Now let's discuss the demographic transition theory, which is the theory that relates birth rates to levels of technology and the overall population to levels of technology. And I have the graph on the board behind me here. It's a little complex so we'll walk through it. Down here at the bottom, we have different levels of technology here. We have pre-industrial, early industrial, mature industrial-- and now what we're in-- post-industrial.

We also have rates of population growth here. We have slow rates of population growth in pre-industrial societies and right as we start to industrialize, we have rapid rates of population growth. This is because industrialization increases living standards and increases productivity and it enables us to then expand and have more people then devote to medicine, things like that. Whereas, we had slow population growth in pre-industrial societies so the birth rate was very high because we didn't have contraceptives and children were economically valued to contribute to the society.

But yet, we also had a very high death rate because we didn't have medicine. We didn't have things to treat the diseases and their outbreaks and famine occurred. Although we had high birth rates here, we also had high death rates. Here birth rates remain high, but the death rate, in black, begins to lessen, because we had those advances I just mentioned. But we still have the high birth rates. And then as industrialization matures, we have the two beginning to come together. They're slowing.

Finally, post-industrial society where we're at now. We've reach such a level that education is much more widespread, careers for men and women are both abundant, and people choose to marry less, they choose to marry later, they're more educated. Children become very expensive. They're not as economically valued so they're choosing to have fewer children. So we start to see the two converge. That is demographic transition theory in this graph.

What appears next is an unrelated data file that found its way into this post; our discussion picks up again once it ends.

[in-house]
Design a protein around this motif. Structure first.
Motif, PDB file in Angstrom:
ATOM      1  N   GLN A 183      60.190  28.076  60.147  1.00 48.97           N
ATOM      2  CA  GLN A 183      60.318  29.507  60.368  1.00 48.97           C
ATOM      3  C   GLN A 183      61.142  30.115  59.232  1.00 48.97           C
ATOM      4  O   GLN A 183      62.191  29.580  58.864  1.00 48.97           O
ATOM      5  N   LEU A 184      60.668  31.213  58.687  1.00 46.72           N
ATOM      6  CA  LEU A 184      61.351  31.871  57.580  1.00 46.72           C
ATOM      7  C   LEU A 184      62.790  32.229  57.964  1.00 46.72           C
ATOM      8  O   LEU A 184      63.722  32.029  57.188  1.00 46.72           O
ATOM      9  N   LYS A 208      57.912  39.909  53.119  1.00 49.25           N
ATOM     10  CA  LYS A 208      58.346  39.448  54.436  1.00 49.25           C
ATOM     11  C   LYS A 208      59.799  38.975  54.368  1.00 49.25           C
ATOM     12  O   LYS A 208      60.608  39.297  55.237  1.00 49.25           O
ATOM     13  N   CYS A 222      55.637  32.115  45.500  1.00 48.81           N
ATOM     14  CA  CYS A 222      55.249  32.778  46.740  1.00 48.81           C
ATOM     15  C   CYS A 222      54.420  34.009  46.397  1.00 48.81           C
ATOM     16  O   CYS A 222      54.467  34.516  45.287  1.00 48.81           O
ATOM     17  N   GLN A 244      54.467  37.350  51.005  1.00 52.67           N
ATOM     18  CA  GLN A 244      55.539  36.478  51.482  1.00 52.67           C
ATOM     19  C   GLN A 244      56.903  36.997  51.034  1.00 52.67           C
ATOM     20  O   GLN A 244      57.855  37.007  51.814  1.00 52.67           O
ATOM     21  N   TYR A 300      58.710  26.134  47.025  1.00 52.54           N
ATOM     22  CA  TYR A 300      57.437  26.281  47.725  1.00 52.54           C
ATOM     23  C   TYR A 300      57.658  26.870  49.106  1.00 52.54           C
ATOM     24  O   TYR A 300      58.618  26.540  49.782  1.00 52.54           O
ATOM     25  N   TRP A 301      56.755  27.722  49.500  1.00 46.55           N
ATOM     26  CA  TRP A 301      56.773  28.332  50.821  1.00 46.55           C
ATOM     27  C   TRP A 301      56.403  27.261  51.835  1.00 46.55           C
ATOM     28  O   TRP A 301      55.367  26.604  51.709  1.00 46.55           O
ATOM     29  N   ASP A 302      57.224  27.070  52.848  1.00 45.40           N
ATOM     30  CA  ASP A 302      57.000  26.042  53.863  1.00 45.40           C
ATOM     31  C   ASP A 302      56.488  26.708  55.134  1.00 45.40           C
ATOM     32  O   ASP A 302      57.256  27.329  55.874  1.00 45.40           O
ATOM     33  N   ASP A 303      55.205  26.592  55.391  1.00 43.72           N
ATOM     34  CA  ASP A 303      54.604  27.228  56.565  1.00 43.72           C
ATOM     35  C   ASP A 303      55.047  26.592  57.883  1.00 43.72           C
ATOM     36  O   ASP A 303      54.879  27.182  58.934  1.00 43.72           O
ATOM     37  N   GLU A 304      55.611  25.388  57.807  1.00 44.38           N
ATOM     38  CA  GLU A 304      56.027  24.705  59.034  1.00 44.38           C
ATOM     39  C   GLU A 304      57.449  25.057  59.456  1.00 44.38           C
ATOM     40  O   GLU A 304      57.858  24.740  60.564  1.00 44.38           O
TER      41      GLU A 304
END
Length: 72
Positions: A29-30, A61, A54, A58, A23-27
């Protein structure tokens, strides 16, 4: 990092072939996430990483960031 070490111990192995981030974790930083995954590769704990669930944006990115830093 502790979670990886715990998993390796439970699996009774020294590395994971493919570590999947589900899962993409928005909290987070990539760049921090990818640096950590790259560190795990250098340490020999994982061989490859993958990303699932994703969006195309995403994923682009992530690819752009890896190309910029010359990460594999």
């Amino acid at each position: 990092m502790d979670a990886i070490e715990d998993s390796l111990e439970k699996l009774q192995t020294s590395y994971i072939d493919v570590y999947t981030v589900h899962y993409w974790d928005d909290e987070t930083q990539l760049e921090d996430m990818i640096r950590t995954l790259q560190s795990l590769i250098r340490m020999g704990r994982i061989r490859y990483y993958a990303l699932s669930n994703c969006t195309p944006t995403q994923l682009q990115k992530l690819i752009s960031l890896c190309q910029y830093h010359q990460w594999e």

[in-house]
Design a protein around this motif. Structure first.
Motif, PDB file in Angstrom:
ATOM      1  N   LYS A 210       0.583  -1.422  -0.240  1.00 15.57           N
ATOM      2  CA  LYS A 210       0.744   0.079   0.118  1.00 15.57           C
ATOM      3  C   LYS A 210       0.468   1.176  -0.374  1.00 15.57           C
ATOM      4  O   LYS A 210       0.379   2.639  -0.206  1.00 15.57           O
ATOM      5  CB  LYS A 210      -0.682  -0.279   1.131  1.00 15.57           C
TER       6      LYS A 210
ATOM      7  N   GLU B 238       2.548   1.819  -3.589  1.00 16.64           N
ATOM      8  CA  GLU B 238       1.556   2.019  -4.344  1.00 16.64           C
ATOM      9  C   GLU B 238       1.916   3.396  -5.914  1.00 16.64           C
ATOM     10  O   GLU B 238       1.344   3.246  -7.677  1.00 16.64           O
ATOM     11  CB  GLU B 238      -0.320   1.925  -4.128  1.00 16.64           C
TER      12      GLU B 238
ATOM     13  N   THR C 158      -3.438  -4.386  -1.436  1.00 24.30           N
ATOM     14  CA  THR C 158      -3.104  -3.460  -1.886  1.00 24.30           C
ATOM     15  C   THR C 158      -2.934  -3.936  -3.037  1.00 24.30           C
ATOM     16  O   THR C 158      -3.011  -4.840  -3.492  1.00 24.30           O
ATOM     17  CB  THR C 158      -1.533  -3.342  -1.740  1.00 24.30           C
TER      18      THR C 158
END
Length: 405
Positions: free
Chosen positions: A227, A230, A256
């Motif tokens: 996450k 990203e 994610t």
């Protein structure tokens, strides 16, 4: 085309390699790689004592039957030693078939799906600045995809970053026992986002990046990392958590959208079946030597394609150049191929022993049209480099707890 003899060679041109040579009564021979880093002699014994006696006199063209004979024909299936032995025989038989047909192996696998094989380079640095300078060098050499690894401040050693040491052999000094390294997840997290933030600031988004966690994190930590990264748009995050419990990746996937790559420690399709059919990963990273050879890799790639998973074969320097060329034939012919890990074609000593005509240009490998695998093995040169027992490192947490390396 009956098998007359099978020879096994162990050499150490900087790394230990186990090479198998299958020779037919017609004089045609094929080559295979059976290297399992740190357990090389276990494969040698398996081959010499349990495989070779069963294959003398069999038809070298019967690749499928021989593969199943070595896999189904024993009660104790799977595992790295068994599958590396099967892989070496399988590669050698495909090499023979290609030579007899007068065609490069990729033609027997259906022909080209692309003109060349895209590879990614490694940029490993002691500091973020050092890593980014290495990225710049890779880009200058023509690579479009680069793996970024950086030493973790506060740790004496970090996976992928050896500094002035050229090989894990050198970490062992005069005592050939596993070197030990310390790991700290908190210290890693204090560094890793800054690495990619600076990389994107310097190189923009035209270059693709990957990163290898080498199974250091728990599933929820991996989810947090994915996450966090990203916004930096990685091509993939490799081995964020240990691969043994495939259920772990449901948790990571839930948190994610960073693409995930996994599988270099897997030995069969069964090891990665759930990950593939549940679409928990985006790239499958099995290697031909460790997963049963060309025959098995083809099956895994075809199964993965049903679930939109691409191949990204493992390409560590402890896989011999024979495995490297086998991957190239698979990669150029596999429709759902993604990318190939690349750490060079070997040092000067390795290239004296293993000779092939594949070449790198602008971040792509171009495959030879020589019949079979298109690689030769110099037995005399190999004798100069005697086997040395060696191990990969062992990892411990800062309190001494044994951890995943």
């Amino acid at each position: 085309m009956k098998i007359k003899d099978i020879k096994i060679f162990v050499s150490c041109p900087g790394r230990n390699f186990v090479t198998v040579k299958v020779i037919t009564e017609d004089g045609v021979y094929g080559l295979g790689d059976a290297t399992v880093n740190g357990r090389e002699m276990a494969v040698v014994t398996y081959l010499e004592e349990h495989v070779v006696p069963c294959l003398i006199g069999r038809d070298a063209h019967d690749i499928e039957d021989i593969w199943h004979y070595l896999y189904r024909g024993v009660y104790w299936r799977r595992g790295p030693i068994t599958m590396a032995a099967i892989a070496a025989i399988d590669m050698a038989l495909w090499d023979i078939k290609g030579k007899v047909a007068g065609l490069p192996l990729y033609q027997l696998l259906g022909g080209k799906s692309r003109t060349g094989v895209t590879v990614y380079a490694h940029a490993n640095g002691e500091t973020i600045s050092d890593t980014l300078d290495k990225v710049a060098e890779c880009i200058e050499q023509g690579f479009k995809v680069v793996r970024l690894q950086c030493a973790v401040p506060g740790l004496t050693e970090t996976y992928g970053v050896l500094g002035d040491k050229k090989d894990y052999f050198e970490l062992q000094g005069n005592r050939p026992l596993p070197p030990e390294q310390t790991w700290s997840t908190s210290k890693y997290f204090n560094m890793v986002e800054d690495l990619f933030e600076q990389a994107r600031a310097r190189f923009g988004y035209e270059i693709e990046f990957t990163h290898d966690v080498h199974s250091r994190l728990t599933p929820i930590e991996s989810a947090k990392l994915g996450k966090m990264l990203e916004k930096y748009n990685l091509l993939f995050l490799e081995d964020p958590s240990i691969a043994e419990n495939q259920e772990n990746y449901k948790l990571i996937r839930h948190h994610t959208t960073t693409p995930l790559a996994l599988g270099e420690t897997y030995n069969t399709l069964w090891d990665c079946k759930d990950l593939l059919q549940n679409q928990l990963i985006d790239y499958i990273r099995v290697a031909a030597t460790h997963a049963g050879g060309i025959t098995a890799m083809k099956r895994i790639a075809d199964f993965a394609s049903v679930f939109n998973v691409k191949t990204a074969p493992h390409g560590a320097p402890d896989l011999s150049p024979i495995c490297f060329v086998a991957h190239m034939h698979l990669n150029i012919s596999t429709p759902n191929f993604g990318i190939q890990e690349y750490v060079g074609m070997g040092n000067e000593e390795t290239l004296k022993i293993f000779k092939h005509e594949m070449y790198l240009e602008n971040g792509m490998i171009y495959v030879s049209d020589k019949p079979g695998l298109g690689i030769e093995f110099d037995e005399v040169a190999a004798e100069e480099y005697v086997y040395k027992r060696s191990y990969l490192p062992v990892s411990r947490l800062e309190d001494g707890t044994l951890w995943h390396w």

I'd like to wrap up and finish by discussing another way to graphically represent demographics. Another way to graphically described the overall population in society. And it's a population pyramid. A population pyramid is a graphical representation of population broken down by age and sex. This here is males. So let's suppose, zero to nine. These are males, ages 10 to 20. 20 to 30. 30 to 40. 40 to 50. 50 and on and on and on. So we have age going up. And here we have share of the total population as a percentage.

So we have more young people in society and it gets smaller. It takes a pyramid shape. Population pyramids are great for describing and it enables us to ascertain a sex ratio, which is the ratio of males to females in society. Looking at this, what can we infer about the population? You can infer that there's a lot more young people in this society than they're are old people. So what's happening that's preventing all of these people from reaching old age? Something must be happening.

So if we look at the United States' population pyramid, it might look a little different. United States' population pyramid looks more like that. It's a little more square. There's less of the tails on the outside. We have a more equal distribution of the population in our society. By looking at the different makeup of population pyramids, we can make inferences about the nature of demographics in that particular society. And that's why they're a useful tool for demographers.

This has been an introduction to population, to demographic transition theory, and to Thomas Malthus. Hope you enjoyed it. Have a great rest of your day.

Terms to Know
Demographic Transition Theory

A theory of population growth that argues that population growth varies as society progresses technologically.

Malthusian Theory

A theory of population growth that argues that rapid population growth increases would outpace food production leading to social chaos.

Population Pyramid

This pyramid graphically represents a population broken down by age and sex.


A way to express the number of males relative to the number of females in a population.